The San Francisco International Tea Festival 2017
It's 9:30 on a Sunday morning. On a regular Sunday, I would still be in bed, snoozing. But it’s not a regular Sunday. A line is forming in front of the San Francisco Ferry Building. I join it with a sigh of relief, virtually patting myself on the back for getting there early. Passers-by approach the volunteers who are managing the line, they want to know what event people are standing in line for (and what they are missing out on). They are stunned that tea is the reason drawing such crowds (clearly, they haven’t read my article on the San Francisco tea scene, LOL).
There’s a lot of excitement for the much anticipated San Francisco International Tea Festival.
I attended last year (it was held at a different location) and I’m eager to see old tea friends and meet new ones.
I’m glad I had the chance to get an early admission ticket, which meant more time to chat with vendors before the general admission. The festival is super popular, so after the general admission, I couldn’t get anywhere near the booths without queuing first. I managed to say hi to my friends Grace and Chad of Yerba Buena Tea Co. (best tasting herbal teas you’ll ever have), Mindy of Jade Chocolates (artisan tea-infused gourmet chocolate confections, anyone?) and Silk Road Teas (where I got a tasting of Drum Mountain Clouds and Mist, Mei Lan Chun green tea from Fujian).
I got to meet in person (at last) my friends Avantika and John of Mana USA and tasted their organic Assam green tea, a unique tea displaying the Assam terroir notes. I talked about their organic Assam black tea a while ago on the blog and it was a pleasure to connect in person!
These were the “new” (to me) tea vendors that caught my attention. I sampled some of their products at their booths:
Young Mountain Tea. I talked to Ingrid and Raj and sampled various teas, including their Darjeeling Ruby Oolong (rolled into tight pearls). Yum!
Nepal Tea llc. I talked to Nishchal and sampled a Nepalese cold-brewed chai with lemongrass and a golden tippy black tea called Kumari Gold, named after Nishchal’s mother.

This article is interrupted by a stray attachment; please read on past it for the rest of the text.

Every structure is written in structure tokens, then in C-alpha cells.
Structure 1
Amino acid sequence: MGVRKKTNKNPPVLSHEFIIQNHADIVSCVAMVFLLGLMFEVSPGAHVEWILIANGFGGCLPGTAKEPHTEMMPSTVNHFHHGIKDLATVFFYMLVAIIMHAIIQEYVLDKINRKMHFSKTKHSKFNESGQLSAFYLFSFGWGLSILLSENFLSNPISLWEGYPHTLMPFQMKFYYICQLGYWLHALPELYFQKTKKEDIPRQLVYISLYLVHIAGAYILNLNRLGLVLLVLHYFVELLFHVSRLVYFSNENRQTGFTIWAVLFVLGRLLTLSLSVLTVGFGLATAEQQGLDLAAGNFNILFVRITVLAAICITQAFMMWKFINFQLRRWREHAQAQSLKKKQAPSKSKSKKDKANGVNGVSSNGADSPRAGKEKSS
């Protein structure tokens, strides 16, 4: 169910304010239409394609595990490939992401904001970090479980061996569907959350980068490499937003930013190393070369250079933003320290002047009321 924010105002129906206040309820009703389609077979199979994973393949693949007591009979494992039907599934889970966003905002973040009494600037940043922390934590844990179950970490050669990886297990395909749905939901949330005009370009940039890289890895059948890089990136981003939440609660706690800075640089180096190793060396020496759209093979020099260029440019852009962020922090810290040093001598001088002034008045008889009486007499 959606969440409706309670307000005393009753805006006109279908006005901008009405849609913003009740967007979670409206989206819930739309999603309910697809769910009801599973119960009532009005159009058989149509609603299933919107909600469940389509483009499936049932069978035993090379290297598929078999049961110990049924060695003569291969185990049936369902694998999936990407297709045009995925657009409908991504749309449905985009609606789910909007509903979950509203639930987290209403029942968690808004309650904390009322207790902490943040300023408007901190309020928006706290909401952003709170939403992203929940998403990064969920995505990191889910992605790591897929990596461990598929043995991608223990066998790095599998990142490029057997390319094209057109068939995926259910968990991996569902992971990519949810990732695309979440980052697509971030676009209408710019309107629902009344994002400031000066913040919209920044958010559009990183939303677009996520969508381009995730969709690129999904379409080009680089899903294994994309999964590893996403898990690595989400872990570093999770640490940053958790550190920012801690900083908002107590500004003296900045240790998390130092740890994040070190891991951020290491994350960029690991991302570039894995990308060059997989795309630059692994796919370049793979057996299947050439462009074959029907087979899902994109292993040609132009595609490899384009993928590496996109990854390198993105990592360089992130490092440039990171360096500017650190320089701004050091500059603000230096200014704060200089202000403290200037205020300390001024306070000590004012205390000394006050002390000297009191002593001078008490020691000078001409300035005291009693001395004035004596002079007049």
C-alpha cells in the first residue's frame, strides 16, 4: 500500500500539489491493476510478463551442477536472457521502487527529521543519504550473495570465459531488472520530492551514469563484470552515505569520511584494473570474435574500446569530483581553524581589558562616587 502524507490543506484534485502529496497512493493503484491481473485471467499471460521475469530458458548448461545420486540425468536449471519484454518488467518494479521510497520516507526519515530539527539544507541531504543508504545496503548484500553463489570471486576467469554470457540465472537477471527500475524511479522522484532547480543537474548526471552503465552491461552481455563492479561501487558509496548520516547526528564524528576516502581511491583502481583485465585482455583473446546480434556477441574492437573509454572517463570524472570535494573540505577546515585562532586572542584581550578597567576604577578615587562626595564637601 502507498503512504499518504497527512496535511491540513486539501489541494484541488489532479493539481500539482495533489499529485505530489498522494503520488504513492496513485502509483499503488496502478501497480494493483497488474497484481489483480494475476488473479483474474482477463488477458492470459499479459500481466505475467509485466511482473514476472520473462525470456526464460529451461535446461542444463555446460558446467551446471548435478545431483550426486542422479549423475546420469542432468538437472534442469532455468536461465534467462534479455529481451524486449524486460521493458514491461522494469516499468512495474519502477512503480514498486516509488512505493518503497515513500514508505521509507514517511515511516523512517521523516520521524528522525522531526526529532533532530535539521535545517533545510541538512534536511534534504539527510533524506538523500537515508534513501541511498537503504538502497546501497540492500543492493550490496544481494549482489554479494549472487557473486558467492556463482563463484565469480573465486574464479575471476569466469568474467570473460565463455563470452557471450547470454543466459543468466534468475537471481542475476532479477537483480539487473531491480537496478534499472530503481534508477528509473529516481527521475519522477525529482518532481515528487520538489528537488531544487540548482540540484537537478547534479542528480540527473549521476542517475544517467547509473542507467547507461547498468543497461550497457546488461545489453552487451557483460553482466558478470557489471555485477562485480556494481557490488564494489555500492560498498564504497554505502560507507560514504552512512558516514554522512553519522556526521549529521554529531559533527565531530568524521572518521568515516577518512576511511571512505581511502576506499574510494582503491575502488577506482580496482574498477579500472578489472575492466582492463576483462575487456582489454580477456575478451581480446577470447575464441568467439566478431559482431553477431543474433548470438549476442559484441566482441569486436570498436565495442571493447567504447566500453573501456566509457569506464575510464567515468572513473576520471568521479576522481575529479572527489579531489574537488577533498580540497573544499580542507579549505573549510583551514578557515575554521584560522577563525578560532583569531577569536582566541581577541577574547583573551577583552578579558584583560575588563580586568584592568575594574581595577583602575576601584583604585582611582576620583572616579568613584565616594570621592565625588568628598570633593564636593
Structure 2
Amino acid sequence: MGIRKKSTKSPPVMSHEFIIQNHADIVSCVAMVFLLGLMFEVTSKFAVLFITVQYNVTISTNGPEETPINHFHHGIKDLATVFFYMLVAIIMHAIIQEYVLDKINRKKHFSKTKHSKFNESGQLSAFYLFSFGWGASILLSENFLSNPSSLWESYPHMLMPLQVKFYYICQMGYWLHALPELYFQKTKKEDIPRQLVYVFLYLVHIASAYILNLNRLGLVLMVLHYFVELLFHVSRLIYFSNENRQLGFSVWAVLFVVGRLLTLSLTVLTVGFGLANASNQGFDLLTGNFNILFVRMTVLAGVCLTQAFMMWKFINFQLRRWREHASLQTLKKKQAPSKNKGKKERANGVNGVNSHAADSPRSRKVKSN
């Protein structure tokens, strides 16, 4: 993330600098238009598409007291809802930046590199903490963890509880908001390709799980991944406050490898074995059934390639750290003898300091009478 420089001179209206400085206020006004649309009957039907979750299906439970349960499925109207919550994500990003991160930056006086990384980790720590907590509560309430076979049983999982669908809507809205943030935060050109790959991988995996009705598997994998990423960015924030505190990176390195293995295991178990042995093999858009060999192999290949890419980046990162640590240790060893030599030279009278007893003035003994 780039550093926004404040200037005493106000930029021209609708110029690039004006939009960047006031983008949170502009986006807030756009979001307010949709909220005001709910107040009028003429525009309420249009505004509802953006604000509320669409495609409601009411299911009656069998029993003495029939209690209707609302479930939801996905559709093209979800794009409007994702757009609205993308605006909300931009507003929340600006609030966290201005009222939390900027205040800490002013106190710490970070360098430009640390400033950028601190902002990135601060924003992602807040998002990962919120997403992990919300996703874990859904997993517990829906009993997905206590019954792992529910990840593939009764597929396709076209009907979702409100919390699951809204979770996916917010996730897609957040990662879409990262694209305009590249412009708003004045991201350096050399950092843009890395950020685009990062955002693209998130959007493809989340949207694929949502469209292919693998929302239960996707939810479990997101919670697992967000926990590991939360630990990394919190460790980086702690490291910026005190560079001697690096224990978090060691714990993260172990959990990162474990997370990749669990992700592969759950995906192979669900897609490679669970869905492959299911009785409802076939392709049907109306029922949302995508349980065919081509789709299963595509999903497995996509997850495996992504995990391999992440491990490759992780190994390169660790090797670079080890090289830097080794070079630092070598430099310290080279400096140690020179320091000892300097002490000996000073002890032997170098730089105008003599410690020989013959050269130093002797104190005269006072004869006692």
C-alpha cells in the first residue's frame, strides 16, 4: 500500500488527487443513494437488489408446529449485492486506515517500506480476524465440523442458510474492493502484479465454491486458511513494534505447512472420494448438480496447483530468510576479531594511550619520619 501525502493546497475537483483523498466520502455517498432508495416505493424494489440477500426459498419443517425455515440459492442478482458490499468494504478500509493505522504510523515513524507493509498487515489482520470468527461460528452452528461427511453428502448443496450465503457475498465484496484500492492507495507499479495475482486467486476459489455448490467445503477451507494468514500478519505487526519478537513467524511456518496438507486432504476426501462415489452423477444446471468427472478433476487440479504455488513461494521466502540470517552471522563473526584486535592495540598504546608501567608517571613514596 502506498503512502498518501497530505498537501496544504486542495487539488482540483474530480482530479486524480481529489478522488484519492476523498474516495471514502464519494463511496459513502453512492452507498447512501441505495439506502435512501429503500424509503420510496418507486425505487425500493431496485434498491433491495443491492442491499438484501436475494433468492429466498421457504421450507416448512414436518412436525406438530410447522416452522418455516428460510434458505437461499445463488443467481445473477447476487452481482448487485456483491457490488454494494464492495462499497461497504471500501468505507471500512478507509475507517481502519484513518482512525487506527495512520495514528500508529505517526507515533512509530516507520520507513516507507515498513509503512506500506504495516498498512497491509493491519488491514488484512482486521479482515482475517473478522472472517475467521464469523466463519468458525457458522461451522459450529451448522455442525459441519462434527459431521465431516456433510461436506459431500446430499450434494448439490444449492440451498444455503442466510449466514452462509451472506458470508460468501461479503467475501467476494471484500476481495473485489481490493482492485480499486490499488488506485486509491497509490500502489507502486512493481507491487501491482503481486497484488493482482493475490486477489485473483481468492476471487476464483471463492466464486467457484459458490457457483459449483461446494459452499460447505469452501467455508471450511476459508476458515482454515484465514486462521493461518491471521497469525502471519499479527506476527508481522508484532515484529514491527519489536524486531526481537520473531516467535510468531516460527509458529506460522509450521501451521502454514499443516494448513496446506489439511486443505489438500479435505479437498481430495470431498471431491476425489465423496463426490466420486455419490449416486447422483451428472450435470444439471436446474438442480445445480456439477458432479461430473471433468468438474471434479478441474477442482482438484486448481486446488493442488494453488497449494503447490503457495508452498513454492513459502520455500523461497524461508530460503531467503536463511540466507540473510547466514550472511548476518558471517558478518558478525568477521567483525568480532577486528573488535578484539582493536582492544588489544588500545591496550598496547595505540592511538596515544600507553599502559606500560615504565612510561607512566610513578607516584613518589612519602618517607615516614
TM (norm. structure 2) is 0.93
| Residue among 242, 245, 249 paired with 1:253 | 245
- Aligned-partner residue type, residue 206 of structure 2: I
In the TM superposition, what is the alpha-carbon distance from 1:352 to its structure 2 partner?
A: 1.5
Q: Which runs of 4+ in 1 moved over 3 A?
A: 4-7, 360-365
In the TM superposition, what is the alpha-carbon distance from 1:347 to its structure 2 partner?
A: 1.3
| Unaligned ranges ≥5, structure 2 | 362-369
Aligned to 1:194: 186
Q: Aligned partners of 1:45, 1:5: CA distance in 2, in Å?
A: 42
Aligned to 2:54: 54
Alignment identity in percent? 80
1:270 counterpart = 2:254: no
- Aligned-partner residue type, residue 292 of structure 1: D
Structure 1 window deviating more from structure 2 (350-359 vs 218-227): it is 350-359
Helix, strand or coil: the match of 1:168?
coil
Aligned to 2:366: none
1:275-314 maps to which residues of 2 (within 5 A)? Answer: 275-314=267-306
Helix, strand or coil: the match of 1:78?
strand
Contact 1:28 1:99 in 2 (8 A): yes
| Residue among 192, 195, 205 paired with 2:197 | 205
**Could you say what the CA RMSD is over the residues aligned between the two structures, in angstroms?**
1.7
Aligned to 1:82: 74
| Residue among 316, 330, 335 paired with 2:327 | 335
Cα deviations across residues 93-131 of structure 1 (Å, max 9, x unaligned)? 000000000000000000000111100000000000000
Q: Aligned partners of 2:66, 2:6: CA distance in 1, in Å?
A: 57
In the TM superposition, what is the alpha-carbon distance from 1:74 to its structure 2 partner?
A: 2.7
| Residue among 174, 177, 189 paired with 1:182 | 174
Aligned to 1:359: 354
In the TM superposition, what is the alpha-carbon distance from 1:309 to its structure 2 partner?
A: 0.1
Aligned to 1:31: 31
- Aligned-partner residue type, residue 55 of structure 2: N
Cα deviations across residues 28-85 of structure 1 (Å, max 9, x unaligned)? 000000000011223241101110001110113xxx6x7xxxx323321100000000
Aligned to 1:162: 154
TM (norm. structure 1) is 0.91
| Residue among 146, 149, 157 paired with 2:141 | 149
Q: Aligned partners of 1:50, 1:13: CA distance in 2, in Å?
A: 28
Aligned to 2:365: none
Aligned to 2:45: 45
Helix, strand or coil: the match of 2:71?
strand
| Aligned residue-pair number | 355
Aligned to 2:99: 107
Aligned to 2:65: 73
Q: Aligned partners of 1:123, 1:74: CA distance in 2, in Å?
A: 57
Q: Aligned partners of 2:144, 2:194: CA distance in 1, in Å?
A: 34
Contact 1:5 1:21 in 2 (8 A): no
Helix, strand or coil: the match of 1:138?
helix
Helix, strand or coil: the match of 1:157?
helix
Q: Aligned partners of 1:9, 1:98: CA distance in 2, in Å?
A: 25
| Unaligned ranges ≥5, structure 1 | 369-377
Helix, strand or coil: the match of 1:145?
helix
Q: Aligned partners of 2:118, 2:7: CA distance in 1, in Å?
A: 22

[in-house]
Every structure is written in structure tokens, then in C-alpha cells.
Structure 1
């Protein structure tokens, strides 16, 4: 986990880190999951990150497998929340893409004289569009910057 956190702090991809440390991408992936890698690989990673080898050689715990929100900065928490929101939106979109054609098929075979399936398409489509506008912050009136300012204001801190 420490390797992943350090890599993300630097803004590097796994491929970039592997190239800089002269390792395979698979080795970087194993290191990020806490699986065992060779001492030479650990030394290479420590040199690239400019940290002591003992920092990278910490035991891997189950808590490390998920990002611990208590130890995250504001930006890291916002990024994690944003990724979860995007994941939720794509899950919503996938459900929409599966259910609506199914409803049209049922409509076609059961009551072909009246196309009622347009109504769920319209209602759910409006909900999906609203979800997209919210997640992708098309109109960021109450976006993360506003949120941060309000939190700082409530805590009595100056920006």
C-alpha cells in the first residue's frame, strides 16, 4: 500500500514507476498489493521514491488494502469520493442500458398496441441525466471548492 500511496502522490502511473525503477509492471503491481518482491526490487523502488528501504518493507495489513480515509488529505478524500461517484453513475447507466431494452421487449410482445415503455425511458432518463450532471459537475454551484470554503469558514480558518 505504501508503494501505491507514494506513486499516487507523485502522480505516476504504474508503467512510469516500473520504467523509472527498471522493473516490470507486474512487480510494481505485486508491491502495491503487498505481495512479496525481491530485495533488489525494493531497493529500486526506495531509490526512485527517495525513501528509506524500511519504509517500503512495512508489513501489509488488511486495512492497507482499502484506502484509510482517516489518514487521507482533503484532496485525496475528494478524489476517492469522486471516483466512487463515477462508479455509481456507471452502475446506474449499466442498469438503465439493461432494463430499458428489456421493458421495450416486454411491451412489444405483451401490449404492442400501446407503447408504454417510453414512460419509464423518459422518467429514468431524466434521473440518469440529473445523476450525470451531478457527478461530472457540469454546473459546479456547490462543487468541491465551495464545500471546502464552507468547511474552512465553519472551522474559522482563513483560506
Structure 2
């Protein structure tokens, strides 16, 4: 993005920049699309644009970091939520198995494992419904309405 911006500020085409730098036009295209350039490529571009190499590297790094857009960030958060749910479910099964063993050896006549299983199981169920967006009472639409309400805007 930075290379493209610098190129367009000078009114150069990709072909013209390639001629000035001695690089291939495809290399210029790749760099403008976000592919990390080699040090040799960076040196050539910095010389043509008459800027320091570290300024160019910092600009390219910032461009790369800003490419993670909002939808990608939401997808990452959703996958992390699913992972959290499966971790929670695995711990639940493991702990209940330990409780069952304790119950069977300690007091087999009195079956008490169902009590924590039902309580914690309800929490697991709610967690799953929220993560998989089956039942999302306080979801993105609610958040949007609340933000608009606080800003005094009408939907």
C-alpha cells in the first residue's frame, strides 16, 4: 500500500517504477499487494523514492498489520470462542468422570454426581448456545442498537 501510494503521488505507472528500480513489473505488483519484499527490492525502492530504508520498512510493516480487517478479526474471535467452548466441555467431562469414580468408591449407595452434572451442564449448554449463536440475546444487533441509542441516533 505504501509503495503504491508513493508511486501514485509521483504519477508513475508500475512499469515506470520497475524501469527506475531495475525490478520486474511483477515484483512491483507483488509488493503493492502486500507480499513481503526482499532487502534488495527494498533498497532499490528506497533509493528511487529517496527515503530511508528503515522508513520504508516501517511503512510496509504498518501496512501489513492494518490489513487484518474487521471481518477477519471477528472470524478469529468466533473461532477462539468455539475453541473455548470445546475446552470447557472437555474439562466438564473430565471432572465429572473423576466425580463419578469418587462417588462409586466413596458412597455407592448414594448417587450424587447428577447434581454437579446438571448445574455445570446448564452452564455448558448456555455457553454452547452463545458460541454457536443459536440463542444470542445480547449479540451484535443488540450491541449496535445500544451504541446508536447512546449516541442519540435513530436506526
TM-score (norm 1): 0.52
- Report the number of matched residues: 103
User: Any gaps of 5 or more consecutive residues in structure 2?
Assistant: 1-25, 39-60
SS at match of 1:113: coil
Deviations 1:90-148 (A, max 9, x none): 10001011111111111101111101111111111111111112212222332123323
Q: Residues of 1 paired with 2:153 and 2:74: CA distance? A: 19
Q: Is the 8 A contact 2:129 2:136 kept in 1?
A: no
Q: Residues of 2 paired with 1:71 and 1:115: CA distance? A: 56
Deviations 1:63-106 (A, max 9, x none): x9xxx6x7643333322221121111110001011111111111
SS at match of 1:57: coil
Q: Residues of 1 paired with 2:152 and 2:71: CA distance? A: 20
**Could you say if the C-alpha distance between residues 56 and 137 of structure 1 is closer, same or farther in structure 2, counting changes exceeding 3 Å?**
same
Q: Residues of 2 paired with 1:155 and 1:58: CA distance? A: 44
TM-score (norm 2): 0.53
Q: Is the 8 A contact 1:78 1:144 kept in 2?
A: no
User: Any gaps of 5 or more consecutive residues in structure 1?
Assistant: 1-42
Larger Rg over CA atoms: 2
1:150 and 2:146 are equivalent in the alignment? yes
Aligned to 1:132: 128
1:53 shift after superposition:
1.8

American Gongfu. They specialize in high quality teas from Taiwan. Their packaging is beautifully designed.
Teaful. I talked to Jason and ended up buying their Taiwanese High Mountain black tea. I’ll report back with dedicated tasting notes soon!
Tea Crush. They offer sparkling (carbonated) tea beverages without added sugar, one with matcha and one with turmeric.
There was so much more at the festival, but I had signed up to attend the Puerh Tea Tasting, hosted by Roy Fong of Imperial Tea Court at 11:30. Only 15 seats were available and I’m glad I got a ticket before it sold out.
Roy has been collecting teas since the 80s. Unlike wine, where appellation is very strict and regulated by law, in Yunnan there’s no such thing for puerh. Roy is not a fan of strict measurements and precise temperature when brewing tea, as long as the water is not boiling. He believes that you should have a conversation with tea and come to an understanding and then let it happen. Practice makes perfect, so with enough repetition anyone can acquire the necessary skills.
We tasted a 2006 Banzhang raw puerh cake from 20-year-old trees. Banzhang is located in the Xishuangbanna district of Yunnan and puerh from this area has big, bold, strong energy. Pressing tea leaves into cakes has developed from a manual to a mechanical process. In the past, the tea maker would sit on it to press it into a cake (Roy calls it “ass tea” LOL). Later, the hydraulic press was introduced. According to Roy, it’s better to break the cake by hand (instead of using a a puerh knife) to get a feel for the tea and to understand it. When breaking the cake by hand, you want to hold the cake with both hands holding opposite sides, gently rock your hands back and forth, slightly bending it forwards and backwards. The cake should break into chunks but the leaves remain intact, they should not crumble apart. Once the cake is broken, you want to store it in an earthenware pot, because it has to breathe.
To measure the tea leaves, he uses a large “pinch” (with all five fingers) measurement and a yin and yang motion (which symbolizes harmony) and gives momentum to the way you put tea leaves in the gaiwan, in a little mound which helps brewing a better cup of tea. Water is the number one element in making tea and the water pouring technique makes a huge difference. When you pour the water, you want to try to get the leaves to move around in the gaiwan, to swirl. If the leaves don’t move, you can raise the kettle a little higher. If the leaves don’t move, water pushes down on them and tea brews only on top, unevenly. The wet leaves smell slightly pungent and like green grape skin. The tea liquor is mouth coating and sweet, it’s not bitter but strong. The second steep is syrupy and slightly floral.
Raw puerh is processed like a green tea. You pick, wilt, kill green by pan firing, roll, dry and the final drying stage is in the sun. Raw puerh has a higher moisture content that other teas (10% compared to 6%), which increases chances of natural fermentation.
I was thrilled I could attend such a great tea tasting! After that, I strolled around the festival a little longer but I was really caffeinated and decided to call it a day soon after.
Were you there? What was your favorite part or tea at the tea festival? Let me know in the comments ;-)
Disclaimer: I am not affiliated with any of the companies mentioned in this blog post. I was not paid to mention or review any products or services.